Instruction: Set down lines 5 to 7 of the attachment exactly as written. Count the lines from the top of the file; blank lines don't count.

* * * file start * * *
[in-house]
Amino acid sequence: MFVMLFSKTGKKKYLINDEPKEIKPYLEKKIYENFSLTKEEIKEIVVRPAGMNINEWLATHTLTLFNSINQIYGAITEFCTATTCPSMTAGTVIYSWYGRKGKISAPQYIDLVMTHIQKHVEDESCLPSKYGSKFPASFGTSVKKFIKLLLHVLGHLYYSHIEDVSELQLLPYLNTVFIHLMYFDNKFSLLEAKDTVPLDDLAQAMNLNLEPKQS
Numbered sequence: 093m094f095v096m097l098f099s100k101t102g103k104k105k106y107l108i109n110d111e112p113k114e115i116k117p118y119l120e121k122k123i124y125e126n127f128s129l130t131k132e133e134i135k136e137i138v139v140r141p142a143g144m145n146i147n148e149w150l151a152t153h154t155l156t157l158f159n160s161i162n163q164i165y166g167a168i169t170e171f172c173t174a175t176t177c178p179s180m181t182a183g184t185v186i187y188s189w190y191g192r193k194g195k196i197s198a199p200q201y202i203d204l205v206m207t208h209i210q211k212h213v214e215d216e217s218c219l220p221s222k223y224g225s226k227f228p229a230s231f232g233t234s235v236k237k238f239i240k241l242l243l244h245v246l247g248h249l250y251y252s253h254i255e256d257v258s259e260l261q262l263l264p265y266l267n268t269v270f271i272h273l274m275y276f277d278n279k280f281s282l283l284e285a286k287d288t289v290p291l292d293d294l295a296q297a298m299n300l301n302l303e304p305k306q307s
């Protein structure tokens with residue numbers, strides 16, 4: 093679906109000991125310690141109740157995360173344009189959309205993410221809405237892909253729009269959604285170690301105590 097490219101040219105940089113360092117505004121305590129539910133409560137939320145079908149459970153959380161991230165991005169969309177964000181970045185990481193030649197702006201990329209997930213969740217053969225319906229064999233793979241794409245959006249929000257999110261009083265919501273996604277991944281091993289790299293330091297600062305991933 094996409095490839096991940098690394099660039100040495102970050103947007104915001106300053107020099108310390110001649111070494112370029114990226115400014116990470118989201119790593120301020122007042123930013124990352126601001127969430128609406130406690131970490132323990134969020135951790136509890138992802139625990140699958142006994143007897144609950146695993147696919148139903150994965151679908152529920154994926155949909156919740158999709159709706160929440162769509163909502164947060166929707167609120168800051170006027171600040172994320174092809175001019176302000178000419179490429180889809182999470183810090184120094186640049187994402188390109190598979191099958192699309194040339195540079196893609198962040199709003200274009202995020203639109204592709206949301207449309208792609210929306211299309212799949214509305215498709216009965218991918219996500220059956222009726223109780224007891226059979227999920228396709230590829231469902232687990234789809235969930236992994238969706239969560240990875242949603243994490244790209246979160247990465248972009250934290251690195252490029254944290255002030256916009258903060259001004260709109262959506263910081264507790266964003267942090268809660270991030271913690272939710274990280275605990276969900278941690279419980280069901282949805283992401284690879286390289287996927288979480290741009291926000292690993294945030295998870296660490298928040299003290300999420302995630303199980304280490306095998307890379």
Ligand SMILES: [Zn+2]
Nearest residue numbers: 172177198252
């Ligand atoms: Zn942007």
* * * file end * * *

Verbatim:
Ligand SMILES: [Zn+2]
Nearest residue numbers: 172177198252
């Ligand atoms: Zn942007």